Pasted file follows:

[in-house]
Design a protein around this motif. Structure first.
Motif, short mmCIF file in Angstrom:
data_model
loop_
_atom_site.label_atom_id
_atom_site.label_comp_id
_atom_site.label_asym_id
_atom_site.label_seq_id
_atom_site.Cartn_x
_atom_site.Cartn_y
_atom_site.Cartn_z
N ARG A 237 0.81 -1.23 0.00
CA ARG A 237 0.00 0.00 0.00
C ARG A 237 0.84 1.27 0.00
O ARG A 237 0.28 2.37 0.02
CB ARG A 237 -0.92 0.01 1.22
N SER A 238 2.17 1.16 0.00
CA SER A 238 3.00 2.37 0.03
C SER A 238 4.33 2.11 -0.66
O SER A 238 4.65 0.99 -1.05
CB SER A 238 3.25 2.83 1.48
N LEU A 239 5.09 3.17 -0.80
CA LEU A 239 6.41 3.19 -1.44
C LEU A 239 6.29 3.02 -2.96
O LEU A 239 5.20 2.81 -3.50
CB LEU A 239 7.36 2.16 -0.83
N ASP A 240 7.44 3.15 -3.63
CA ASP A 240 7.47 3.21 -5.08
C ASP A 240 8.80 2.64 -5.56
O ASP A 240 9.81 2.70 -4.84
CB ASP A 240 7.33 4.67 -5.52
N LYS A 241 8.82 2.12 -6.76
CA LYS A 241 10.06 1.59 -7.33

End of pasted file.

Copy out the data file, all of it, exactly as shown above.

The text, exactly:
[in-house]
Design a protein around this motif. Structure first.
Motif, short mmCIF file in Angstrom:
data_model
loop_
_atom_site.label_atom_id
_atom_site.label_comp_id
_atom_site.label_asym_id
_atom_site.label_seq_id
_atom_site.Cartn_x
_atom_site.Cartn_y
_atom_site.Cartn_z
N ARG A 237 0.81 -1.23 0.00
CA ARG A 237 0.00 0.00 0.00
C ARG A 237 0.84 1.27 0.00
O ARG A 237 0.28 2.37 0.02
CB ARG A 237 -0.92 0.01 1.22
N SER A 238 2.17 1.16 0.00
CA SER A 238 3.00 2.37 0.03
C SER A 238 4.33 2.11 -0.66
O SER A 238 4.65 0.99 -1.05
CB SER A 238 3.25 2.83 1.48
N LEU A 239 5.09 3.17 -0.80
CA LEU A 239 6.41 3.19 -1.44
C LEU A 239 6.29 3.02 -2.96
O LEU A 239 5.20 2.81 -3.50
CB LEU A 239 7.36 2.16 -0.83
N ASP A 240 7.44 3.15 -3.63
CA ASP A 240 7.47 3.21 -5.08
C ASP A 240 8.80 2.64 -5.56
O ASP A 240 9.81 2.70 -4.84
CB ASP A 240 7.33 4.67 -5.52
N LYS A 241 8.82 2.12 -6.76
CA LYS A 241 10.06 1.59 -7.33